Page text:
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Accounting Principles 7th Canadian Edition, Volume 1 Solution

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Accounting Principles 7th Canadian Edition, Volume 1 Solution

CHAPTER 5

Accounting for Merchandising Operations

ASSIGNMENT CLASSIFICATION TABLE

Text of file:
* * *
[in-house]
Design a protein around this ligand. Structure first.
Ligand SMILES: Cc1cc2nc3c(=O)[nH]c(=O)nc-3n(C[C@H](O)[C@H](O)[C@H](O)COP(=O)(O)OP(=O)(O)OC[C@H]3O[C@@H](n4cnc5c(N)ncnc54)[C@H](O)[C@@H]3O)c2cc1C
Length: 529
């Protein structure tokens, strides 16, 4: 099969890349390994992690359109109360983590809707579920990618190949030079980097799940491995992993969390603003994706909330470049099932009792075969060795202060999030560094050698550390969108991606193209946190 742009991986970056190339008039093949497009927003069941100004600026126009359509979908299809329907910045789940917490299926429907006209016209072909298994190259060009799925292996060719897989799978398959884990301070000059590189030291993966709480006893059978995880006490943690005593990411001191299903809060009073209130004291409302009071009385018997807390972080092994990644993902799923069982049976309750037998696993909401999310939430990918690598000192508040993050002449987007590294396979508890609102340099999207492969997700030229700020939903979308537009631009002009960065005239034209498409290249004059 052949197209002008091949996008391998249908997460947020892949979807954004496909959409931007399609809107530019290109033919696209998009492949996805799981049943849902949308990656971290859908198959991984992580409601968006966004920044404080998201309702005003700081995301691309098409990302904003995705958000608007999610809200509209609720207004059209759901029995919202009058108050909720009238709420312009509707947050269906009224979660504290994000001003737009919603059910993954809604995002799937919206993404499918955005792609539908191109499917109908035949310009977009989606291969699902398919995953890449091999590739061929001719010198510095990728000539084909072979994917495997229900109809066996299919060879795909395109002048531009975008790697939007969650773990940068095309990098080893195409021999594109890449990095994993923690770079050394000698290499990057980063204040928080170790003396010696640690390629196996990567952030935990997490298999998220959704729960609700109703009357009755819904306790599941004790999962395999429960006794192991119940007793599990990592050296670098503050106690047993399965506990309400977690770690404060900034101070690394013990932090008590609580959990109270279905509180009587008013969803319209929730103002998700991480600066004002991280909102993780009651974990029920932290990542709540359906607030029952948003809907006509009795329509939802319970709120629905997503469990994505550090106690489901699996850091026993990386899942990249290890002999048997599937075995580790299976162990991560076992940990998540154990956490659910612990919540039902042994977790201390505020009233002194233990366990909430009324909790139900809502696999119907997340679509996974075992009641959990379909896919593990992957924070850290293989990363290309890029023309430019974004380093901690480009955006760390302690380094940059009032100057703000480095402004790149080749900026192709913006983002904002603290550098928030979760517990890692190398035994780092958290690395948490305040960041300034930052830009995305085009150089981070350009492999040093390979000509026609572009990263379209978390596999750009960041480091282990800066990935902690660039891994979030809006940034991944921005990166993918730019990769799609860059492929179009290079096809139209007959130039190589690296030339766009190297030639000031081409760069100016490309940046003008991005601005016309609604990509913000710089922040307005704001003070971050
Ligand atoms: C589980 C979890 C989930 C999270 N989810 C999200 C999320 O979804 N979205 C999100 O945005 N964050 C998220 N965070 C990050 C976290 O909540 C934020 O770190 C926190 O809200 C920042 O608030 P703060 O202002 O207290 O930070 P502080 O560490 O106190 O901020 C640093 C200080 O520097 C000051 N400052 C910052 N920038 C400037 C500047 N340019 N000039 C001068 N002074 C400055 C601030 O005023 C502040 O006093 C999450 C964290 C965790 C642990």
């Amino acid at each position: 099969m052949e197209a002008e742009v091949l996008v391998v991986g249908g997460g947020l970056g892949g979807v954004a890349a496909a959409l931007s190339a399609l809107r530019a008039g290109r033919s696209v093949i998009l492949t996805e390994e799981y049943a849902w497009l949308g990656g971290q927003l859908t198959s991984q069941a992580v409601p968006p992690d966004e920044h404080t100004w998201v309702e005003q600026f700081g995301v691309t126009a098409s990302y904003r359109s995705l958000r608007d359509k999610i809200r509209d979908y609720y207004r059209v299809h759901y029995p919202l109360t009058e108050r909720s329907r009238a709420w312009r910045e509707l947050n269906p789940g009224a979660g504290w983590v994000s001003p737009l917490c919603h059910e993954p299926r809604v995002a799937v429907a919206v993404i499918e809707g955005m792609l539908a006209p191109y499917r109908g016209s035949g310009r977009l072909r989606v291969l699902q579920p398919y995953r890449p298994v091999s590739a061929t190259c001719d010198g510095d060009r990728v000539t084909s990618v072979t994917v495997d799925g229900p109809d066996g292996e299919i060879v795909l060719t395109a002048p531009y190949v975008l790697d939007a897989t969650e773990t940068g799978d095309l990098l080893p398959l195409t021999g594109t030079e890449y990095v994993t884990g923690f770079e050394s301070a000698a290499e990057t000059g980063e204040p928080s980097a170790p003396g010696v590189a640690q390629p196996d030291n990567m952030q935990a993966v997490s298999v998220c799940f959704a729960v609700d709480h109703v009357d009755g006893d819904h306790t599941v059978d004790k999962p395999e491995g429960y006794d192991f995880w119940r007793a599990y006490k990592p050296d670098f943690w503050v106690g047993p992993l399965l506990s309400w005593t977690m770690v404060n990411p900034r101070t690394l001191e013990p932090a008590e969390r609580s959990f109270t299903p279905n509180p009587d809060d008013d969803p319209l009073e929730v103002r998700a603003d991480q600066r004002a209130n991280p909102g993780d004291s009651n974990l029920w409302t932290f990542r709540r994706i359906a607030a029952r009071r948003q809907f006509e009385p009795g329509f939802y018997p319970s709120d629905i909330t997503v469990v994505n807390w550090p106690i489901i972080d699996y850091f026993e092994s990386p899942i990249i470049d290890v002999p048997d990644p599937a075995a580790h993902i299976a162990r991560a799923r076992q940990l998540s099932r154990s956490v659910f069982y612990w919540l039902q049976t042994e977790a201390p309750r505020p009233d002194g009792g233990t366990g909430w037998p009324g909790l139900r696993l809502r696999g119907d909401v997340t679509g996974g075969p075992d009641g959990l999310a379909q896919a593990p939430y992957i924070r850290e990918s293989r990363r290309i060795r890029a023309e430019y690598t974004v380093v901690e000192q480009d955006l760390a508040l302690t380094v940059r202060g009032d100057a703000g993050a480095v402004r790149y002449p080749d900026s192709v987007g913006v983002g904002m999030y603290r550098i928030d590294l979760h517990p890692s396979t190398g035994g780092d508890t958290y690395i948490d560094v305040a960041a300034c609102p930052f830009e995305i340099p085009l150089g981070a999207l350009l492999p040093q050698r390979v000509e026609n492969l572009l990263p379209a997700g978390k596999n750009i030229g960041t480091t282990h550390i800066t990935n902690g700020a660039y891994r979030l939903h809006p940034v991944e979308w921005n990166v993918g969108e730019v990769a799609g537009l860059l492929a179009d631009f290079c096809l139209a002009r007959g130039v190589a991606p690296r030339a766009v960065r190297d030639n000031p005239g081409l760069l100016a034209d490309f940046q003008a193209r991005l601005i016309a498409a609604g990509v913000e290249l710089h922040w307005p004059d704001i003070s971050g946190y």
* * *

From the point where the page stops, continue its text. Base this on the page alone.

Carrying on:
Learning Objectives Questions Brief Exercises Exercises Problems Set A Problems Set B 1. Describe the differences between service and merchandising companies. 1, 2, 3, 4 1, 2 1, 2, 5, 6 1 1 2. Prepare entries for purchases under a perpetual inventory system. 5, 6, 7, 8, 9, 11, 12 3, 4, 5, 2, 3, 5, 6, 7 2, 3, 4, 5 2, 3, 4, 5 3. Prepare entries for sales under a perpetual inventory system. 7, 10, 11, 12, 13, 14 6, 7, 8 2, 4, 5, 6, 7 2, 3, 4, 5 2, 3, 4, 5 4. Perform the steps in the accounting cycle for a merchandising company. 15, 16, 17 9, 10 2, 8, 10 6, 7 6, 7 5. Prepare single-step and multiple-step income statements. 18, 19, 20, 21, 11, 12 2, 9, 10, 11 5, 6, 7 5, 6, 7 6. Calculate the gross profit margin and profit margin. 22, 23 13 2, 11, 12 6, 8 6, 8 *7. Prepare the entries for purchases and sales under a periodic inventory system and calculate cost of goods sold (Appendix 5A) *24, *25, *26 * 14, *15, *16 *13, *14, *15, *16 *9, *10, *11, *12, *13 *9, *10, *11, *12, *13 *Note: All asterisked Questions, Exercises, and Problems relate to material contained in the Appendices to each chapter. ASSIGNMENT CHARACTERISTICS TABLE Problem Number Description Difficulty Level Time Allotted (min.) 1A Identify problems and recommend inventory system. Moderate 20-30 2A Record and post inventory transactions – perpetual system. Moderate 30-40 3A Record inventory transactions– perpetual system. Moderate 20-30 4A Record inventory transactions and post to inventory account – perpetual system. Moderate 30-40 5A Record and post inventory transactions – perpetual system. Prepare partial income statement. Moderate 50-60 6A Prepare adjusting and closing entries and single-step income statement – perpetual system. Calculate ratios. Moderate 40-50 7A Prepare adjusting and closing entries and financial statements – perpetual system. Moderate 50-60 8A Calculate ratios and comment. Moderate 20-25 *9A Record inventory transactions – periodic system. Moderate 30-40 *10A Record inventory transactions – periodic system. Moderate 30-40 *11A Record and post inventory transactions – periodic system. Prepare partial income statement. Moderate 60-70 *12A Prepare correct multiple-step income statement, statement of owner’s equity and classified balance sheet – periodic system. Moderate 60-70 *13A Prepare financial statements and closing entries – periodic system. Moderate 60-70 1B Identify problems and recommend inventory system. Moderate 20-30 2B Record and post inventory transactions – perpetual system. Moderate 30-40 3B Record inventory transactions – perpetual system. Moderate 20-30 4B Record inventory transactions and post to inventory account – perpetual system. Moderate 30-40 ASSIGNMENT CHARACTERISTICS TABLE (Continued) Problem Number Description Difficulty Level Time Allotted (min.) 5B Record and post inventory transactions – perpetual system. Prepare partial income statement. Moderate 50-60 6B Prepare adjusting and closing entries and single-step income statement – perpetual system. Calculate ratios. Moderate 40-50 7B Prepare adjusting and closing entries, single-step and multiple step income statements – perpetual system. Moderate 50-60 8B Calculate ratios and comment. Moderate 20-25 *9B Record inventory transactions – periodic system. Moderate 30-40 *10B Record inventory transactions – periodic system. Moderate 30-40 *11B Record and post inventory transactions – periodic system. Prepare partial income statement. Moderate 60-70 *12B Prepare correct multiple-step income statement, statement of owner’s equity and classified balance sheet – periodic system. Moderate 60-70 *13B Prepare financial statements and closing entries – periodic system. Moderate 60-70 BLOOM’S TAXONOMY TABLE Correlation Chart between Bloom’s Taxonomy, Study Objectives and End-of-Chapter Material Learning Objective Knowledge Comprehension Application Analysis Synthesis Evaluation 1. Describe the differences between service and merchandising companies. E5-2 Q5-1 Q5-2 Q5-3 Q5-4 E5-1 P5-1A P5-1B BE5-1 BE5-2 E5-5 E5-6 2. Prepare entries for purchases under a perpetual inventory system. Q5-5 Q5-8 E5-2 Q5-6 Q5-7 Q5-9 Q5-11 BE5-3 BE5-4 BE5-5 E5-3 E5-5 E5-6 E5-7 P5-2A P5-3A P5-4A P5-5A P5-2B P5-3B P5-4B P5-5B 3. Prepare entries for sales under a perpetual inventory system. Q5-12 E5-2 Q5-7 Q5-10 Q5-11 Q5-13 Q5-14 BE5-6 BE5-7 BE5-8 E5-4 E5-5 E5-6 E5-7 P5-2A P5-3A P5-4A P5-5A P5-2B P5-3B P5-4B P5-5B 4. Perform the steps in the accounting cycle for a merchandising company. E5-2 Q5-17 Q5-15 Q5-16 BE5-9 BE5-10 E5-6 E5-7 E5-8 E5-10 P5-6A P5-7A P5-6B P5-7B BLOOM’S TAXONOMY TABLE (Continued) Learning Objective Knowledge Comprehension Application Analysis Synthesis Evaluation 5. Prepare single-step and multiple-step income statements. Q5-18 Q5-19 E5-2 Q5-20 Q5-21 BE5-11 BE5-12 E5-9 E5-10 E5-11 P5-5A P5-6A P5-7A P5-5B P5-6B P5-7B 6. Calculate the gross profit margin and profit margin. E5-2 Q5-22 Q5-23 BE5-13 BE5-14 E5-11 P5-6A P5-6B E5-12 P5-8A P5-8B *7. Prepare the entries for purchases and sales under a periodic inventory system and calculate cost of goods sold (Appendix 5A) *Q5-24 *Q5-25 *Q5-26 *BE5-14 *BE5-15 *BE5-16 *E5-13 *E5-14 *E5-15 *E5-16 *P5-9A *P5-10A *P5-11A *P5-12A *P5-13A *P5-9B *P5-10B *P5-11B *P5-12B *P5-13B Broadening Your Perspective Santé Smoothie Saga Cumulative Coverage Chapters 2-5 BYP5-3 BYP5-1 BYP5-2 BYP5-4 BYP5-5 ANSWERS TO QUESTIONS 1. Profit for a merchandising company is determined principally by the gross profit created by the difference between sales revenue and cost of goods sold. Service companies will have service revenue or service fees earned as their primary source of revenue. Service companies do not have an expense comparable to cost of goods sold. Both types of companies will have operating expenses such as advertising expense, depreciation expense, insurance expense, rent expense, and salaries expense. 2. A “perpetual” inventory system reflects changes for inventory purchases and sales on a “perpetual” or continuous basis. The company keeps detailed records of quantity and cost of inventory on hand for every item. When inventory is sold, the cost of goods sold is recorded as part of the sale transaction and the Merchandise Inventory account is decreased. A “periodic” inventory system does not keep detailed records of inventory on hand throughout the period. Cost of goods sold and ending inventory are determined at the end of the “period”, usually by an inventory count. When inventory is sold, the cost of goods sold is not recorded and the Merchandise Inventory account is not decreased. 3. A physical count is an important control feature. With a perpetual inventory system a company knows what should be on hand, but there still could be errors in the record keeping or shortages in stock. By performing a physical count and comparing it to the perpetual inventory records, an error or shortage can be detected. If an error or shortage is found, it is important to adjust the accounting records to reflect actual quantities on hand. 4. The benefits of the perpetual inventory system are that it continuously—perpetually—shows the quantity and cost of the inventory purchased, sold, and on hand. Under a perpetual inventory system, the cost of goods sold and reduction in inventory are recorded each time a sale occurs. A perpetual inventory system gives stronger internal control over inventories compared with a periodic system. Another benefit of a perpetual inventory system is that it makes it easier to answer questions from customers about merchandise availability. Management can also maintain optimum inventory levels and avoid running out of stock. In a periodic system the number of items on hand cannot be determined without physically examining the inventory. A perpetual inventory system requires more record keeping and therefore is more expensive to use than a periodic system. For example, a perpetual inventory system usually requires an investment in a point-of-sale system that is integrated with the inventory system. In a periodic system, this not required. QUESTIONS (Continued) 5. A subsidiary ledger is a group of accounts that share a common characteristic (for example, all inventory accounts). The subsidiary ledger frees the general ledger from the details of individual balances. In addition to having one for inventory, it is very common to have subsidiary ledgers for accounts receivable (to track individual customer balances), accounts payable (to track individual creditor balances), and payroll (to track individual employee pay records). 6. Disagree. Sales taxes include the federal Goods and Services Tax (GST), the Provincial Sales Tax (PST), and the Harmonized Sales Tax (HST) (which is a combination of GST and PST). GST and HST are paid by merchandising companies on inventory purchases. Companies conducting business in provinces that are subject to PST do not pay PST on merchandise purchased for resale. PST is paid by the final customer only. 7. The letters FOB mean free on board. FOB shipping point means that the goods are placed on a carrier (such as a truck or train) by the seller, and the buyer pays the freight costs. Ownership transfers to the buyer as soon as the goods are placed on the carrier. FOB destination means that the goods are shipped to the buyer’s place of business, and the seller pays the freight. Ownership transfers to the buyers when the goods are delivered to the buyer’s place of business. Freight costs paid on inventory purchases are added to the cost of the inventory. Freight costs paid on sales are recorded as an expense such as Freight Out or Delivery Expense. 8. Purchase returns occur when goods purchased for resale are returned to a supplier. If the merchandise does not correspond to what was ordered or the quantity shipped is in excess of quantities ordered, goods are shipped back to the supplier for credit. In this case, the Merchandise Inventory account is reduced (credited) and the Accounts Payable account is reduced (debited) for the cost amount of the goods returned. In the case of a purchase allowance, the merchandise is not returned. Purchase allowances are granted by suppliers when the product has some defect or deficiency when received by the buyer. An amount is negotiated to reduce the purchase price of the goods and an allowance is granted by the supplier. In this case the Merchandise Inventory account is reduced (credited) and the Accounts Payable account is reduced (debited) for the reduction in the purchase price. QUESTIONS (Continued) 9. Fukushima Company should take advantage of the discount offered. The bank rate of 7.25% is an annual rate which is equivalent to 0.4% for 20 days (7.25% × 20/365). Since 0.4% cost of borrowing is less than 1% saved by paying 10 days after the purchase—20 days before the final due date—it is advantageous to borrow and pay within the discount period. Another way to explain the advantage is to convert the discount to an annual rate. In order to obtain the 1% discount the company must pay 20 days ahead of the final due date (30 days – 10 days = 20 days). The effective annual interest rate of doing this is 18.25% (1% × 365/20). Since the 18.25% savings is greater than the 7.25% rate on the bank loan, the company should borrow from the bank and take advantage of the discount. 10. The company needs to record a credit to Sales for $75 and to debit Cost of Goods Sold for $50 instead of the $25 credit to Gross Profit. Recording the sales and cost of goods sold in separate accounts allows the company and users of financial information to do ratio analysis to measure the company’s profitability and it allows management to analyze trends and variances in both revenues and expenses separately. A debit will also be recorded for $75 of cash received and a credit will be recorded for $50 of inventory that was sold. 11. A quantity discount gives a reduction in price according to the volume of the purchase—in other words, the larger the number of items purchased, the larger the discount. Quantity discounts are not the same as purchase discounts, which are offered to customers for early payment of the balance due. Purchase discounts are noted on the invoice by the use of credit terms that specify the amount and time period for the purchase discount. Quantity discounts are not recorded or accounted for separately, whereas purchase discounts are recorded separately. When an invoice is paid within the discount period, the Merchandise Inventory account will be reduced by the amount of the discount because inventory is recorded at cost. By paying within the discount period, a company reduces the cost of its inventory. A sales discount is the counterpart of the purchase discount. A purchase discount is a discount taken by the purchaser, and a sales discount is the discount offered by the seller. When the invoice is paid within the discount period, the discount is recorded in a separate contra revenue account called Sales Discount. QUESTIONS (Continued) 12. By using separate sales accounts for major product lines, management can monitor sales trends more closely and respond more strategically to changes in sales patterns and manage inventory. For example, a car dealership that sells cars and car parts would want to be able to track car sales separately from parts sales. This would allow managing these two segments of the business separately and possibly apply different strategies to increase sales. For internal reporting purposes the sales amounts would be reported separately as it is meaningful to managers in both segments of the business. For distribution of information to outsiders, sales would be grouped into a single amount. This ensures that the financial information is simple and easy to understand. It also protects the business from revealing detailed information that could be used against it if the information fell into the hands of competitors. 13. Disagree with Geoff’s advice. Sales returns are not debited directly to the Sales account because this would not provide information on the amount of sales returns and allowances. This information is important to management as it may suggest inferior merchandise, errors in billing, or incorrect sales techniques. Debiting returns directly to sales may also cause problems in comparing sales for different periods. Geoff may be suggesting this to hide the volume of returns associated with his sales if many of the sales returns are from his customers. Raymond should record the sales returns in a separate contra account in order to have better information to manage the company. 14. A sales allowance occurs when the buyer keeps the merchandise, but the sales price is adjusted. This may happen because the purchaser is dissatisfied because the goods are damaged, of inferior quality, or do not meet the purchaser’s specifications. Since the goods are not returned, the Merchandise Inventory account cannot be debited. The transaction is recorded as a reduction to Accounts Receivable or Cash and a debit to Sales Returns and Allowances. When goods are returned and are in saleable condition, they are available to be resold to another customer. A journal entry will debit Merchandise Inventory and credit Cost of Goods Sold for the same amount as the original cost of the inventory. If the goods are damaged and cannot be resold, the transaction is recorded in the same way as a sales allowance; there is no entry to Merchandise Inventory or Cost of Goods Sold. Since the items are damaged they do not represent assets to the company and cannot be returned to the Merchandise Inventory account. QUESTIONS (Continued) 15. Disagree. The steps in the accounting cycle are the same for both a merchandising company and a service enterprise. The types of transactions are different, but the steps in the accounting cycle are the same. 16. This difference could be the result of errors in the perpetual inventory records, or because of errors in the annual physical inventory count. An adjustment at the end of the period will be necessary to correctly reflect the actual inventory on hand at year end. If the dollar value of actual inventory on hand is greater than what is reflected in the perpetual inventory records, the difference will be an increase (debit) to Merchandise Inventory and a decrease (credit) to Cost of Goods Sold. 17. The additional accounts that must be closed for a merchandising company using a perpetual inventory system are Sales, Sales Returns and Allowances, Sales Discounts, Cost of Goods Sold, and Freight Out. The Sales account is debited to close it to the Income Summary account. The remaining accounts have normal debit balances and are credited when closed to Income Summary. 18. The single-step income statement differs from the multiple-step income statement in that (1) all data are classified into two categories: revenues and expenses; and (2) only one step, subtracting total expenses from total revenues, is required in determining profit (or loss). A multiple step income statement includes three main steps: (1) cost of goods sold is subtracted from sales to determine gross profit (2) operating expenses are subtracted from gross profit to determine profit from operations, and (3) non-operating expenses are subtracted from (and non-operating revenues are added to) profit from operations to determine profit. QUESTIONS (Continued) 19. Net sales is calculated by deducting the contra revenue accounts, Sales Returns and Allowances and Sales Discounts, from Sales. Gross profit is calculated by subtracting cost of goods sold from net sales. Profit from operations is calculated by subtracting operating expenses from gross profit. Profit is calculated by subtracting non-operating expenses from (or adding non-operating revenues to) profit from operations. Only merchandising companies show net sales and gross profit; service companies would show service revenues. Profit from operations is used by both merchandising and service companies as both of these types of companies may have non-operating revenues or expenses. 20. Interest expense is a non-operating expense because it relates to how a company’s operations are financed, so it is not an expense related to main operating activities. 21. Yes, it is possible for profit from operations and profit to be the same. This would occur if the company has no non-operating expenses or revenues. If companies do not have non-operating expenses or revenues, the profit from operations is referred to as profit. 22. Operating expenses are those expenses related to the main activity or main operations of the business. Recurring expenses of different types are incurred to generate the revenue from providing goods or services. Non-operating expenses have more to do with how the business is financed or how much cash it has available to invest and generate additional revenues beyond its main source of revenue from operations. If a business is partly financed with debt, it will have interest expense. If a company has excess cash, it can earn revenue from investments, including interest revenue. The multiple-step income statement highlights the non-operating expenses and presents them separately so that income from operations can be reported. This is not the case when the single-step income statement format is used. 23. Gross profit is calculated as the difference between net sales revenue and cost of goods sold and is expressed in dollars. Gross profit margin represents gross profit expressed as a percentage of net sales. The gross profit margin allows the company to compare its results with past periods, competitors, and industry averages. It shows the relative relationship between net sales and gross profit. QUESTIONS (Continued) *24. In a periodic inventory system, purchases are debited to the Purchases account. Purchase returns and allowances, purchase discounts, and freight in are also recorded in separate accounts. In a perpetual inventory system, purchases, purchase returns and allowances, purchase discounts, and freight in are recorded directly to the Merchandise Inventory account. In a perpetual system, cost of goods sold and inventory are updated as each sale occurs. This does not happen in a periodic system. *25. To arrive at the cost of goods purchased using the periodic system, purchase discounts and purchase returns (contra accounts to purchases) are deducted from the account Purchases. Freight in, on the other hand, is added to Purchases. *26. The purpose of these entries is to update the Merchandise Inventory account to the correct ending balance (i.e., adjust for the change between the beginning and ending inventories). SOLUTIONS TO BRIEF EXERCISES BRIEF EXERCISE 5-1 (a) & (b) Company A Cost of goods sold = $227,500 ($350,000-$122,500) Profit = $17,500 ($122,500-$105,000) (c) & (d) Company B Gross profit = $367,500 ($735,000-$367,500) Operating expenses = $294,000 ($367,500-$73,500) (e) & (f) Company C Gross Profit = $210,000 ($525,000-$315,000) Profit = $94,500 ($210,000-$115,500) (g) & (h) Company D Sales = $495,000 ($346,500+$148,500) Loss = $(39,600) ($148,500-$188,100) BRIEF EXERCISE 5-2 (1) (a) Cost of goods available for sale = $250,000 + $170,000 = $420,000. (b) Cost of goods sold = $420,000 – $50,000 = $370,000 (2) (c) Cost of goods available for sale = $108,000 + $70,000 = $178,000. (d) Ending inventory = $178,000 – $90,000 = $88,000. (3) (e) Purchases = $130,000 – $75,000 = $55,000. (f) Ending inventory = $130,000 – $38,000 = $92,000. (4) (g) Beginning inventory = $95,000 – $75,000 = $20,000. (h) Cost of goods sold = $95,000 – $45,000 = $50,000. BRIEF EXERCISE 5-3 (a) Mar. 16 Merchandise Inventory 15,000 Accounts Payable 15,000 18 Accounts Payable 750 Merchandise Inventory 750 25 Accounts Payable ($15,000 – $750) 14,250 Merchandise Inventory ($14,250 × 2%) 285 Cash 13,965 (b) Date Assets Liabilities Owner’s Equity Mar. 16 Inventory + $15,000 Accounts Payable + $15,000 NE 18 Inventory – $750 Accounts Payable – $750 NE 25 Inventory – $285 Accounts Payable – $14,250 NE Cash – $13,965 BRIEF EXERCISE 5-4 Jan. 2 Merchandise Inventory 20,000 Accounts Payable 20,000 Jan. 4 Merchandise Inventory 215 Cash 215 Jan. 6 Accounts Payable 1,500 Merchandise Inventory 1,500 Feb. 1 Accounts Payable 18,500 Cash 18,500 BRIEF EXERCISE 5-5 Mar. 12 Merchandise Inventory 25,000 Accounts Payable 25,000 13 No entry required. 14 Accounts Payable 2,000 Merchandise Inventory 2,000 21 Accounts Payable ($25,000 – $2,000) 23,000 Merchandise Inventory ($23,000 × 2%) 460 Cash 22,540 BRIEF EXERCISE 5-6 (a) Mar. 16 Accounts Receivable 15,000 Sales 15,000 Cost of Goods Sold 8,700 Merchandise Inventory 8,700 17 Freight Out 170 Cash 170 18 Sales Returns and Allowances 750 Accounts Receivable 750 25 Cash ($14,250 – $285) 13,965 Sales Discounts ($14,250 × 2%) 285 Accounts Receivable ($15,000 – $750) 14,250 (b) Date Assets Liabilities Owner’s Equity Mar. 16 Accounts Receivable + $15,000 NE + $15,000 16 Merchandise Inventory – $8,700 NE – $8,700 17 Cash – $170 NE – $170 18 Accounts Receivable – $750 NE – $750 25 Cash + $13,965 NE – $285 Accounts Receivable – $14,250 BRIEF EXERCISE 5-7 Jan. 2 Accounts Receivable 20,000 Sales 20,000 Cost of Goods Sold 7,900 Merchandise Inventory 7,900 4 No entry required. 6 Sales Returns and Allowances 1,500 Accounts Receivable 1,500 Merchandise Inventory 590 Cost of Goods Sold 590 Feb. 1 Cash ($20,000 – $1,500) 18,500 Accounts Receivable 18,500 BRIEF EXERCISE 5-8 Mar. 12 Accounts Receivable 25,000 Sales 25,000 Cost of Goods Sold 13,250 Merchandise Inventory 13,250 13 Freight Out 265 Cash 265 14 Sales Returns and Allowances 2,000 Accounts Receivable 2,000 22 Cash ($23,000 – $460) 22,540 Sales Discounts ($23,000 × 2%) 460 Accounts Receivable 23,000 BRIEF EXERCISE 5-9 Cost of Goods Sold 1,900 Merchandise Inventory ($98,000 – $96,100) 1,900 BRIEF EXERCISE 5-10 Sept. 30 Sales 218,750 Income Summary 218,750 30 Income Summary 171,000 Sales Returns and Allowances 3,150 Sales Discounts 950 Cost of Goods Sold 125,000 Freight Out 1,900 Salaries Expense 40,000 Merchandise Inventory and Supplies are balance sheet (permanent) accounts and are not closed. BRIEF EXERCISE 5-11 NELSON COMPANY Income Statement For the Month Ended October 31, 2017 Sales* $375,000 Less: Sales returns and allowances $11,000 Sales discounts 5,000 16,000 Net sales $359,000 * ($280,000 + $95,000) BRIEF EXERCISE 5-12 (a) Net sales = $539,000 ($561,000 – $5,500 – $16,500) (b) Gross profit = $154,000 ($539,000 – $385,000) (c) Operating expenses = $115,500 ($13,200 + $3,300 + $44,000 + $55,000) (d) Profit from operations $38,500 ($154,000 – $115,500) (e) Profit = $36,300 ($38,500 + $8,800 – $11,000) BRIEF EXERCISE 5-13 2017 Gross profit margin = 36.84% [($950,000 – $600,000) ÷ $950,000] Profit margin = 7.37% [$70,000 ÷ $950,000] 2016 Gross profit margin = 37.50% [($800,000 – $500,000) ÷ $800,000] Profit margin = 8.13% [$65,000 ÷ $800,000] GS Retail’s profitability has deteriorated since both its gross profit margin and its profit margin have decreased from the previous year. *BRIEF EXERCISE 5-14 Feb. 5 Purchases 12,000 Accounts Payable 12,000 6 Freight In 110 Cash 110 8 Accounts Payable 1,000 Purchase Returns and Allowances 1,000 11 Accounts Payable ($12,000 − $1,000) 11,000 Purchases Discounts ($11,000 × 2%) 220 Cash ($11,000 – $220) 10,780 *BRIEF EXERCISE 5-15 Feb. 5 Accounts Receivable 12,000 Sales 12,000 6 No entry required. 8 Sales Returns and Allowances 1,000 Accounts Receivable 1,000 11 Cash ($11,000 – $220) 10,780 Sales Discounts ($11,000 × 2%) 220 Accounts Receivable 11,000 *BRIEF EXERCISE 5-16 Cost of goods sold Merchandise inventory, beginning $ 51,000 Purchases $340,000 Less: Purchase discounts $6,800 Purchase returns and allowances 9,350 16,150 Net purchases 323,850 Add: Freight in 13,600 Cost of goods purchased 337,450 Cost of goods available for sale 388,450 Merchandise inventory, ending 68,000 Cost of goods sold $320,450 Note: Freight out is not included; it is an operating expense.